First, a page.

In The Field: Instrumenting the Red Rock Hydroelectric Project
Braun Intertec engineers Robert Lee and Ben Butler stand atop an anchored secant pile wall, as excavation progresses below to permit construction of the powerhouse for the future Red Rock Hydroelectric Dam. In the foreground lies one of the many In-Place Inclinometer arrays Braun Intertec has installed on the project. These particular instruments are installed vertically in specialized casing embedded in the secant wall and extended into bedrock following drilling and coring operations, in order to monitor any horizontal displacement of the excavated wall face. The client is able to view the inclinometer data near real-time on the Braun Intertec website, and is automatically notified of any movements that exceed established thresholds.
The Red Rock Hydroelectric Project is located in Marion County, Iowa, at the existing Red Rock Dam, constructed by the United States Army Corps of Engineers (USACE) in 1969, at the intersection of Highway T15 and the Des Moines River, approximately 143 miles above its confluence with the Mississippi River. The Red Rock dam forms a 15,253-acre reservoir, Lake Red Rock, which the USACE operates at a normal conservation pool elevation of 742-feet National Geodetic Vertical Datum of 1929 (NGVD), and can be raised to 780-feet NGVD for flood control purposes. The USACE continues to operate the Red Rock Dam for flood control and recreation purposes, providing a daily discharge based on stream flow and reservoir conditions.
Northeast and adjacent to the Red Rock Dam Spillway is the project consisting of a hydroelectric dam, developed by Western Minnesota Municipal Power Agency, a group of municipally-owned electric services represented by Missouri River Energy Services (MRES). The project has been designed and engineered by MWH Global, and is currently being constructed by Ames Construction. Braun Intertec is providing Ames with a variety of instrumentation and monitoring, drilling, geotechnical engineering, environmental consulting, building sciences, construction materials testing, laboratory testing, non-destructive examination, and field quality control services.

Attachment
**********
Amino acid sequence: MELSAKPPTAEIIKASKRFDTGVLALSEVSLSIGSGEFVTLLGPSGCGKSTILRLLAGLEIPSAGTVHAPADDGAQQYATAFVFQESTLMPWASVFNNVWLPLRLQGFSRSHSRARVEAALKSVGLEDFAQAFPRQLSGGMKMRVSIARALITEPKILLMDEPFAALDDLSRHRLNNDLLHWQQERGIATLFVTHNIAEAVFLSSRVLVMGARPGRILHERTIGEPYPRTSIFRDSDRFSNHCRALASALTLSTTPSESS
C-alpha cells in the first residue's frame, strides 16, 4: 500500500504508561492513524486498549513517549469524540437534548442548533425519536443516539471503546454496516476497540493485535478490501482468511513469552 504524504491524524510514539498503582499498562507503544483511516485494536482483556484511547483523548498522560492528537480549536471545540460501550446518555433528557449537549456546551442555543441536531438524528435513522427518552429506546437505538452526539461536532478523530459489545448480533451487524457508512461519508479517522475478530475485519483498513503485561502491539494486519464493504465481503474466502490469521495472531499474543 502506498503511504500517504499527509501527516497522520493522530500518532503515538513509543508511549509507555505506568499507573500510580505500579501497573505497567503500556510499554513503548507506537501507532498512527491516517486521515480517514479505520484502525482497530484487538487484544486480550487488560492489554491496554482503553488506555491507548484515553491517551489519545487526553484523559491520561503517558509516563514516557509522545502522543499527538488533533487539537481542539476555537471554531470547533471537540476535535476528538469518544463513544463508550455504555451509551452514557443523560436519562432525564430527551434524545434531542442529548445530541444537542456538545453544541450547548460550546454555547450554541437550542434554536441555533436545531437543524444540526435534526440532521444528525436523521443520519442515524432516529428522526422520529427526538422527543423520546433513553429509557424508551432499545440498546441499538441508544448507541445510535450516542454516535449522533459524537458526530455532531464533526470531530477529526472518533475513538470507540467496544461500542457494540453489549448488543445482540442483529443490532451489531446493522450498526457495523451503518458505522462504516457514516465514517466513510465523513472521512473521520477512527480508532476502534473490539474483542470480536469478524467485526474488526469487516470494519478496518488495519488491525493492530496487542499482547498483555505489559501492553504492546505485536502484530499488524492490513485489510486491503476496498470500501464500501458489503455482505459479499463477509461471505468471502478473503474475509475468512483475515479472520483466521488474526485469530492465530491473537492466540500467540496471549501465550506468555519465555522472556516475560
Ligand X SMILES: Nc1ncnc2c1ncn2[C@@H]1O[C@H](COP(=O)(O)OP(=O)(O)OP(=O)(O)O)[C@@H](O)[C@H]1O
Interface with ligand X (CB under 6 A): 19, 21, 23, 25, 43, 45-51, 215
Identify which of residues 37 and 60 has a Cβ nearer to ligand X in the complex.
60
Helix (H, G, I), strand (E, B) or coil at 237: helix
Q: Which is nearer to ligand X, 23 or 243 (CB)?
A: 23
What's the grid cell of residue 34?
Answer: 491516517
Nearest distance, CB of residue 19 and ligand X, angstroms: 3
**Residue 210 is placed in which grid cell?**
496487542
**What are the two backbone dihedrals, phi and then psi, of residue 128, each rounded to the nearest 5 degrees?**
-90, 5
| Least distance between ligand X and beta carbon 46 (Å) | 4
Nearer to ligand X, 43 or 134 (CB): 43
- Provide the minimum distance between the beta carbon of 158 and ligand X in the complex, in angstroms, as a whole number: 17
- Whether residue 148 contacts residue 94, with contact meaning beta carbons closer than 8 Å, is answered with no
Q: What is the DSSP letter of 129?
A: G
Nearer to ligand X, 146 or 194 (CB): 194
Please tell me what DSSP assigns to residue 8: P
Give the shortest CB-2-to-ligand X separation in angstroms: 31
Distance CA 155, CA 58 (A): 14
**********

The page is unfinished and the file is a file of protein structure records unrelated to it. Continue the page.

The Red Rock Hydroelectric Project will feature a new reinforced concrete powerhouse that houses two vertical Kaplan turbines with a total rated capacity of 36.4 megawatt (MW), located northeast of the existing stilling basin channel. The reinforced concrete intake structure is founded on reinforced concrete shafts socketed into rock and will be 60 feet wide by 112 feet long, and span 96 feet in height. Two 21-foot inside diameter, 275-foot long reinforced circular penstocks connect the intake structure with the powerhouse, requiring penetrations through the existing dam. The intake approach channel will be formed by excavating along the upstream diaphragm wall that will retain the adjoining embankment fill. A diaphragm cut-off wall will be constructed to a minimum depth along the crest of the dam, southwest of Highway T15, extending at least 100 feet into the earth embankment from the end of the concrete monoliths.
Upstream and downstream cofferdams will be constructed to enable intake, penstock, and powerhouse construction to proceed in the dry. The upstream cofferdam will be comprised of a lightweight concrete platform, and secant pile walls around the intake structure excavation that connect to the new upstream diaphragm wall along the northeast (embankment side) of the intake structure. The downstream cofferdam will consist of a cellular cofferdam and closure dike with the sheet pile cut-off wall to enclose the powerhouse and tailrace excavations from the downstream end of the existing stilling basin wall to the riverbank. With such a large scale of construction, and immense complexity, the Project is required by the Federal Energy Regulatory Commission (FERC) to include instrumentation and monitoring, as with any new hydroelectric dam project.